Do Pre-employment Personality Tests Work?

I recently stopped thinking about recruiting software long enough to Google “pre-employment personality test.” The top result was “How to Pass a Pre-employment Personality Test” at eHow.com.

Which made me wonder if pre-employment personality tests actually do any good.

I’ve never been a big fan of such tests. Tests that measure actual skills that will be used on the job make sense, but “personality” is a vague term – which means it’s hard to test for – and it’s simply a fact that different personality types can thrive in the same job. At the risk of trading on stereotypes, I’ve met highly successful accountants with exuberant personalities and CEO’s of successful companies who were quiet and shy.

The tests themselves leave a lot to be desired. One had “I have known someone who shoplifted,” followed by “Strongly agree, Agree, Disagree, Strongly Disagree.” How can anyone “strongly agree” with such a statement? You either have known a shoplifter or you haven’t. The question is either just plain confusing or, worse yet, is meant to be confusing, which would mean that it’s manipulative. Either way, what is an employer supposed to learn about a candidate from the answer to this question? The makers of such tests always talk about gleaning personality types from hundreds of such questions, but with many of them so odd, I’m skeptical about any conclusions drawn from them.

It also seems to me that any skilled recruiter or employer should be able to get a sense for a candidate’s personality in an interview (or maybe two interviews). Yes, it’s true – every employer has a story of someone who was great in the interview but who turned out to be a toxic colleague. But if such a person can fool an experienced interviewer, he or she shouldn’t have much trouble answering the questions on personality test in their favor. After all, anyone can go online, learn about how such tests are analyzed, and adjust their answers accordingly (see above).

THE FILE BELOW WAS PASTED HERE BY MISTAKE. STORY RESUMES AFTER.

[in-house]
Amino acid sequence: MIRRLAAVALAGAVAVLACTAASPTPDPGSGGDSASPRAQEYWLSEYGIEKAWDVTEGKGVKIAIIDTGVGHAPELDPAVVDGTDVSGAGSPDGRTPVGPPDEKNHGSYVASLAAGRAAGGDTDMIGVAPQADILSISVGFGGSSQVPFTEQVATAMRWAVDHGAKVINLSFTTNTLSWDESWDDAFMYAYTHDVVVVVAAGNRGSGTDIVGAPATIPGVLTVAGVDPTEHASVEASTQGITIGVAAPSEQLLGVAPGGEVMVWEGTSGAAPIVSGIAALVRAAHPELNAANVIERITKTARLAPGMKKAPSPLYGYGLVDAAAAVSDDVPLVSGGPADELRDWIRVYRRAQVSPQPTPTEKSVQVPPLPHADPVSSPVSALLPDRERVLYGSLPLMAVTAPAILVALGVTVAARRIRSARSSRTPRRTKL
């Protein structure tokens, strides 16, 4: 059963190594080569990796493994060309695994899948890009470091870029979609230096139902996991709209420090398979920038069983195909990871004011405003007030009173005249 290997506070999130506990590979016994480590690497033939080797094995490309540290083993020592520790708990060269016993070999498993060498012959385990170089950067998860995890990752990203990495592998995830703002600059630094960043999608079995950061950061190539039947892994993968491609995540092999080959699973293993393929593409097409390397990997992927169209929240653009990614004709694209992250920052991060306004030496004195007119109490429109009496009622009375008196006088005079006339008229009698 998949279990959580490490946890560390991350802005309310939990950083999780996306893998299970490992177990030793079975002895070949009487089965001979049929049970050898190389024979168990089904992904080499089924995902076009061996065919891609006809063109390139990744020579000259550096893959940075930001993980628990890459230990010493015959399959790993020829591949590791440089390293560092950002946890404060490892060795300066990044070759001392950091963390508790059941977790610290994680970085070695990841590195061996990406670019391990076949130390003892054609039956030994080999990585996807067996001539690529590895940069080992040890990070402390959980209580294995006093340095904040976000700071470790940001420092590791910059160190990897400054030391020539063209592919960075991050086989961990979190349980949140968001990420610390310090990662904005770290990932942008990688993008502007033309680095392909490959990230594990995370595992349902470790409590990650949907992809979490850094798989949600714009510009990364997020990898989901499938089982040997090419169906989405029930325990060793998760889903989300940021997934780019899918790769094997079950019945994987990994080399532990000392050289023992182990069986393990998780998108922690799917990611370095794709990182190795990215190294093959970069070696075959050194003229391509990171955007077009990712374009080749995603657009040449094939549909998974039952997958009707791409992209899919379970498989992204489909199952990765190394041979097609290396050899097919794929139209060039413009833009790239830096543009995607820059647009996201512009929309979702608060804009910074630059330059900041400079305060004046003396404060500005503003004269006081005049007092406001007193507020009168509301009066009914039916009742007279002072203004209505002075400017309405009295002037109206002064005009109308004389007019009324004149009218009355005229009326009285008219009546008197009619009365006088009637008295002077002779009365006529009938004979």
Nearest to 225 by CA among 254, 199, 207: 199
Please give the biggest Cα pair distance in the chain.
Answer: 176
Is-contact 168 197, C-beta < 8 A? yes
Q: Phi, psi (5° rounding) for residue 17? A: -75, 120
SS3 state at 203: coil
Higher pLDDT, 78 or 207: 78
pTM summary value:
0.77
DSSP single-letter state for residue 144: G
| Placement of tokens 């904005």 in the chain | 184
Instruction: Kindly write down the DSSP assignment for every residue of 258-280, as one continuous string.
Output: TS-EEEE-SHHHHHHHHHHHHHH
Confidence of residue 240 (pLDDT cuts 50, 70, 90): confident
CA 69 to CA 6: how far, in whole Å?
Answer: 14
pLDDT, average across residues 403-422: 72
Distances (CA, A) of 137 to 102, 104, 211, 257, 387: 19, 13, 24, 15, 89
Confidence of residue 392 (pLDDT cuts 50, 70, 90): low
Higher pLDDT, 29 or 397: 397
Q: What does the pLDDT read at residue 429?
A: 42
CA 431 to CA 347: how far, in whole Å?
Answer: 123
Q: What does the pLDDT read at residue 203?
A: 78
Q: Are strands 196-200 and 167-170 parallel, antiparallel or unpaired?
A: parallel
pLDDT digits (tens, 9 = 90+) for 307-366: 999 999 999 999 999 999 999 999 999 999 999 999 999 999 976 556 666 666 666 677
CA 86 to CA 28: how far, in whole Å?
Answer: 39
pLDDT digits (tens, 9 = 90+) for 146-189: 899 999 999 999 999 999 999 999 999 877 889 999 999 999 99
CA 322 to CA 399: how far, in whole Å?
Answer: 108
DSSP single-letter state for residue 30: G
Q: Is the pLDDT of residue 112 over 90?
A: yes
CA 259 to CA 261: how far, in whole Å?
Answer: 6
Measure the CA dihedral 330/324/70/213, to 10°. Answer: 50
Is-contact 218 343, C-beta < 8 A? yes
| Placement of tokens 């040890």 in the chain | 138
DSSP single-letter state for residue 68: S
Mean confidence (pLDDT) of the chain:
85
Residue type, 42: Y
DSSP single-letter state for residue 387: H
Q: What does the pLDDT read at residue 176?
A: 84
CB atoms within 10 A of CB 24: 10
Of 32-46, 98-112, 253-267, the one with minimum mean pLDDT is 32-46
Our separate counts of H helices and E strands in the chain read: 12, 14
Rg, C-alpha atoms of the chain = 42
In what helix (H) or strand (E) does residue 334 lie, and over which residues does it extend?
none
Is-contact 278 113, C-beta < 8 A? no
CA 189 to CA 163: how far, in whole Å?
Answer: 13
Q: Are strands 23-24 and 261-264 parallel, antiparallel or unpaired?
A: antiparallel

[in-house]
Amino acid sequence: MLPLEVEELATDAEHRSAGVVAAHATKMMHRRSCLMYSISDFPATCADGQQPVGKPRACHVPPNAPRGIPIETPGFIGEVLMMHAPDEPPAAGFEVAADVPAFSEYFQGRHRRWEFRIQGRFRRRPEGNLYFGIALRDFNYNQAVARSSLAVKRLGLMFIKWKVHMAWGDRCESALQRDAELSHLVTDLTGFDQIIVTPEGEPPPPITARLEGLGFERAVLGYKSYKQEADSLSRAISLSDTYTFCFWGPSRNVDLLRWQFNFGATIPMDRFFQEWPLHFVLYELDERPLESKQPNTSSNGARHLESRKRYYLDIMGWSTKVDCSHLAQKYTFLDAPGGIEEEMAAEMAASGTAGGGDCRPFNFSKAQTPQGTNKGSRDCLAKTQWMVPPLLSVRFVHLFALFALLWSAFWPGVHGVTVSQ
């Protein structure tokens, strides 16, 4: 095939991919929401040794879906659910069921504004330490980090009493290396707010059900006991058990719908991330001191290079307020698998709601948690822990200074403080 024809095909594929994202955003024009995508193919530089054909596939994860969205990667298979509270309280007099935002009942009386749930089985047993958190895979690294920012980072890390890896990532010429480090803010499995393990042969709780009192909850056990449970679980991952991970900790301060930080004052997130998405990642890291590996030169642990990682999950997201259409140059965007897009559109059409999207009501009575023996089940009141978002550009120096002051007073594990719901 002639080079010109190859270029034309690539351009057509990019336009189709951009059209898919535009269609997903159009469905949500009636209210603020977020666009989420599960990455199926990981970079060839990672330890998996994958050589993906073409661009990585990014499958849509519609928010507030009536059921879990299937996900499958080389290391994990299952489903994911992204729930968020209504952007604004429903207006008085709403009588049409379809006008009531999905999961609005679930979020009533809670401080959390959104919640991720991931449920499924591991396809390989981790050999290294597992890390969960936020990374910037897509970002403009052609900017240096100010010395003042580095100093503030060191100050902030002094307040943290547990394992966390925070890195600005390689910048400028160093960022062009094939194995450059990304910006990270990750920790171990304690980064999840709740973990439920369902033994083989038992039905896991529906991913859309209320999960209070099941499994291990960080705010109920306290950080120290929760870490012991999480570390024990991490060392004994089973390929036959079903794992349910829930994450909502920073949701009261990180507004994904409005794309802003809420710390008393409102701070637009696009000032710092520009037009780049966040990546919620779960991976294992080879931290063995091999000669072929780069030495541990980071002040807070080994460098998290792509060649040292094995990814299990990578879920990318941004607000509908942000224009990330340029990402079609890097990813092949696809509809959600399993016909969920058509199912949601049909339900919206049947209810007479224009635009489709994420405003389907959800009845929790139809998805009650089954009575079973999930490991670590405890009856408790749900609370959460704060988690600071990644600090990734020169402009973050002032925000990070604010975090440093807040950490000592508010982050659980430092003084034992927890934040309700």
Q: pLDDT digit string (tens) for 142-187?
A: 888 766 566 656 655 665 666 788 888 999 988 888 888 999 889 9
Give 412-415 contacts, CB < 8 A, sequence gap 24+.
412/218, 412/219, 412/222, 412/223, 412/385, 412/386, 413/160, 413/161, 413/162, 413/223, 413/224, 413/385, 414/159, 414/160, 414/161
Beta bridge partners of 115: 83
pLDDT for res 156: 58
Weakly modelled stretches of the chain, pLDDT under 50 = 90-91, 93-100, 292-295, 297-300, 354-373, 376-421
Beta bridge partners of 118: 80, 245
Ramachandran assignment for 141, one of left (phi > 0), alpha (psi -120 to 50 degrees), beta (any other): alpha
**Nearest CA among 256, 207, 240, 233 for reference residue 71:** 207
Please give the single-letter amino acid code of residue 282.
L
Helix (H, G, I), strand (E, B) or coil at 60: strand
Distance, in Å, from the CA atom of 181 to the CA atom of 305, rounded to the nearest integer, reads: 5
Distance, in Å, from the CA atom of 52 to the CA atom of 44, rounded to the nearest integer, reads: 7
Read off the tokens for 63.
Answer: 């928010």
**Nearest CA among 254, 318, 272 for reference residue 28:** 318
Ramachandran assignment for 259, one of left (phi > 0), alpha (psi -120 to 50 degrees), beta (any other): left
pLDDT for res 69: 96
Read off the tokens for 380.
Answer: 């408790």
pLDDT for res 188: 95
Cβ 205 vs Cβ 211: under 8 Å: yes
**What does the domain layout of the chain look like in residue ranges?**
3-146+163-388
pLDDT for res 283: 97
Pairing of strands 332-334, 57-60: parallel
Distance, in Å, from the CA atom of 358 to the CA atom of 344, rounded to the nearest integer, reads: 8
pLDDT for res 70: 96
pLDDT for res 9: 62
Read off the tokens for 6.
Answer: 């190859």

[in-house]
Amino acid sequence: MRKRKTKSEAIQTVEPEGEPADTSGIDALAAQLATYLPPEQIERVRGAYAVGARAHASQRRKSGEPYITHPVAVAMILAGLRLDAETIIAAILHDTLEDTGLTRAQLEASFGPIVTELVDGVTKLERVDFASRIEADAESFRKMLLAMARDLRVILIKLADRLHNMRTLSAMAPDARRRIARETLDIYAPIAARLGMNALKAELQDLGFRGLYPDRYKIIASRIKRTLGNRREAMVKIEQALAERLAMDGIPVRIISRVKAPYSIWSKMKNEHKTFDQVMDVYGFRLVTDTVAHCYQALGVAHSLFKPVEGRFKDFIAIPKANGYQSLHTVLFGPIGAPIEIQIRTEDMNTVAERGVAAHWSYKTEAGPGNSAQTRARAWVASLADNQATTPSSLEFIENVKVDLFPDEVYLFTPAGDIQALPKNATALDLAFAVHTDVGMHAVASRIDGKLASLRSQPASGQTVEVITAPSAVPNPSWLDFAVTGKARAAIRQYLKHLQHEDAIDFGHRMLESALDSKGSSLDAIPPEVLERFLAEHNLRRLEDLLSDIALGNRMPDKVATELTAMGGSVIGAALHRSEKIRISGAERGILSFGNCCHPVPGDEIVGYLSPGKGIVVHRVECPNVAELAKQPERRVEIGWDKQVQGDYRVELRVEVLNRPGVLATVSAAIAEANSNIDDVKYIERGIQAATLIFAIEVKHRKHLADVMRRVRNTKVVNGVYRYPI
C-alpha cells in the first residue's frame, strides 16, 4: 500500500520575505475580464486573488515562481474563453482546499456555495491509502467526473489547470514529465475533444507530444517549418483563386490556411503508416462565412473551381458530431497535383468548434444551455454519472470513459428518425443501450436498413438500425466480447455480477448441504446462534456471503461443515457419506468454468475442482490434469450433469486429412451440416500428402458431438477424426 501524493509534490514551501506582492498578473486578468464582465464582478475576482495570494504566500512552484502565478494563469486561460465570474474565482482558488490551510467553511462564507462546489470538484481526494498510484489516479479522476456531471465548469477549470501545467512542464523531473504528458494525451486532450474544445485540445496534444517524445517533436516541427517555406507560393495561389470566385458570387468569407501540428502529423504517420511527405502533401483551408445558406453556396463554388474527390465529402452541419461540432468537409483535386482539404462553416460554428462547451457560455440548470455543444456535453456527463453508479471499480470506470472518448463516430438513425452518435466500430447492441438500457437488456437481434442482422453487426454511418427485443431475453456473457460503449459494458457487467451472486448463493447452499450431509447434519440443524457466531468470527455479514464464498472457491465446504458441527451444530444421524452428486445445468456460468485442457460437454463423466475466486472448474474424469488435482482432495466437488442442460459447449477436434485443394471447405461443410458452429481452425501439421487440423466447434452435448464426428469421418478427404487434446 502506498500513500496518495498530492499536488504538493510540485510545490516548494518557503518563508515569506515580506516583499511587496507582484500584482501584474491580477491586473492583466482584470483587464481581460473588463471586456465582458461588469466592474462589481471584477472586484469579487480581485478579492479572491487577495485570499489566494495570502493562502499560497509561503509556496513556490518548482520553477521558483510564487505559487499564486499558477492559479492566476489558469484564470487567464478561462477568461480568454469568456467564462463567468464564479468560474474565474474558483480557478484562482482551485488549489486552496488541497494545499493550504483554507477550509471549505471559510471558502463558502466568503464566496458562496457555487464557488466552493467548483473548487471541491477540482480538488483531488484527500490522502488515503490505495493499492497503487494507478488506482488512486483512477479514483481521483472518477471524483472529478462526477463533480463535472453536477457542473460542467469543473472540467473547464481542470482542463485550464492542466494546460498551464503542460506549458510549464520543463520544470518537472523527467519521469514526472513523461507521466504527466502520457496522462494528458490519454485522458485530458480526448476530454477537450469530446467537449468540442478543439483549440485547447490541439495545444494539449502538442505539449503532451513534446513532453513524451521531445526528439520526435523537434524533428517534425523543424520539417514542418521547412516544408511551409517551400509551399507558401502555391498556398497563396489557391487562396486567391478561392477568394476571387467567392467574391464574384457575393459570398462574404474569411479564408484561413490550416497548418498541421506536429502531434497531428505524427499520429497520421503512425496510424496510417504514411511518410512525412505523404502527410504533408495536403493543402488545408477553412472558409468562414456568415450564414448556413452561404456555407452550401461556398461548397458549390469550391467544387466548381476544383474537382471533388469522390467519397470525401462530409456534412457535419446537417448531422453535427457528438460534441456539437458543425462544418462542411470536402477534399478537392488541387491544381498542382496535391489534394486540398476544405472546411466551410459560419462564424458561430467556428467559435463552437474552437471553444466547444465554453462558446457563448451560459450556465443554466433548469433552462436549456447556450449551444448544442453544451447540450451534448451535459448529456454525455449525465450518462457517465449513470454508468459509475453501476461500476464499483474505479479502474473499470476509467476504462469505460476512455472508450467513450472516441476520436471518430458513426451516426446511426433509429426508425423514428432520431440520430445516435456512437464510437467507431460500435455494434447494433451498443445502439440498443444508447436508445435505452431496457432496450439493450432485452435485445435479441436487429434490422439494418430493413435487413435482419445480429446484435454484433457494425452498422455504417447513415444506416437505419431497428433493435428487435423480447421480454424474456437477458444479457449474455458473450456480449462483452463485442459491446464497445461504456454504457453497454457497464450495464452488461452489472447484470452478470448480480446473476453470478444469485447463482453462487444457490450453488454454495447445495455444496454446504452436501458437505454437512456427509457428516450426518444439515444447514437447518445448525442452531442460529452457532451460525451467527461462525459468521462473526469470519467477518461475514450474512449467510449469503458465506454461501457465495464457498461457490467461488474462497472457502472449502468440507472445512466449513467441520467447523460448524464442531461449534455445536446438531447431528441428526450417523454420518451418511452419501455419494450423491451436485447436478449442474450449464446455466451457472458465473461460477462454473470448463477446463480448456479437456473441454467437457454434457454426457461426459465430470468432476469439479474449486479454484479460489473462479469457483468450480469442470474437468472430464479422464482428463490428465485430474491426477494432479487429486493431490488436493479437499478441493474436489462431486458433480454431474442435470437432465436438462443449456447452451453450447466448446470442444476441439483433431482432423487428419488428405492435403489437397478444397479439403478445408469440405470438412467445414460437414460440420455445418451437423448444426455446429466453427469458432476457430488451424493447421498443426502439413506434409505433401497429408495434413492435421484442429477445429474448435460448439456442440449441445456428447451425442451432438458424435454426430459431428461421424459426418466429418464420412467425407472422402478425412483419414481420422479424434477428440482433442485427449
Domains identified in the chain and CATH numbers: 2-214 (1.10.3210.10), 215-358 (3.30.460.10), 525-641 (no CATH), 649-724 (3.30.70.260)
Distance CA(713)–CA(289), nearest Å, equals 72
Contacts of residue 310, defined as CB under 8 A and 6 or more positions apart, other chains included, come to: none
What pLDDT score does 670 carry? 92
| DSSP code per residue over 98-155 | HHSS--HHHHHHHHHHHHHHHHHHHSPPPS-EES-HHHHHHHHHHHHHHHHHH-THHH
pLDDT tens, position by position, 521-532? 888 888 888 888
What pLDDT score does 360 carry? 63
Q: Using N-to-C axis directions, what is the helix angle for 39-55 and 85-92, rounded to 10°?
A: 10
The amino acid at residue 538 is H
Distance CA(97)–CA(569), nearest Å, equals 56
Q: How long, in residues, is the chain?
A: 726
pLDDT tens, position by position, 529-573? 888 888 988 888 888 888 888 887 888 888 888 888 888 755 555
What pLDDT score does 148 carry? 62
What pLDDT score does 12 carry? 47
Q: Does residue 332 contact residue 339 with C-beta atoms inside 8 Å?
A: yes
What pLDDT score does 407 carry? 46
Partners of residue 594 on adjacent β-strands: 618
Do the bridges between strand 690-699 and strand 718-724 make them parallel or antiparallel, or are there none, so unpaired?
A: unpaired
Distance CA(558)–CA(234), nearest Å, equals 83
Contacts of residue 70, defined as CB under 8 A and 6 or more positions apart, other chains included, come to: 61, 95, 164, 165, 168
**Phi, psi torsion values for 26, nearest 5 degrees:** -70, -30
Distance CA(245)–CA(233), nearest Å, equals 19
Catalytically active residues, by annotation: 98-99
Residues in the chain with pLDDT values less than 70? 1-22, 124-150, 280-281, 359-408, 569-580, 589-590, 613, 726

I also wonder about using a candidate’s time by giving them such a test. Isn’t it inconsiderate (or even unethical) to take advantage of a candidate’s desire for a job by subjecting them to a half-hour test that may or may not tell you anything about their suitability for that job?

If you have stories or data that suggest I’m wrong about pre-employment personality tests, pass it along. Until then, I recommend that you stick to interviewing OR hire them as a Temp-to-Perm worker if you want to see a candidate’s personality.

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Views: 546

Comment by Valentino Martinez on May 10, 2011 at 4:50pm

Tim,

 

While I agree with the questionable value of "Personality" tests & related testing, and the points you make--I must disagree with the image you have selected to portray a Tester of Personalities, because the picture you've chosen to use here is misleading.  It seems to be displaying a person holding a vile of some kind of liquid, chemical, diluted blood--who knows, but it certainly is not a good rendition of what testing for a personality would look like.  To that end, please consider using the picture I'm entering for that purpose.

Happy to be of service and you're quite welcome.

Comment by Richard Stephen on May 11, 2011 at 11:58pm

There’s no right or wrong personality style but understanding how a person likes to act is going to provide brilliant insight in to whether they are suitable for a particular environment….The accountant who is chatty may annoy all the other 50 quiet and introverted accountants in the firm. The quiet CEO will get lost by the noise of their overbearing senior leadership team…or the accountant firm happens to be full of extroverts who are sociable and friendly…the CEO is surrounded by equally quiet or respectful people who gel well together. You don’t know unless you ask them – through a personality questionnaire.

It’s about the gut feeling ok with science! Hopefully science backs up people intuitions. But ask someone’s gut to stand up in a court of law and they will be all about the process and scientific method and rigour of the tools used.

 

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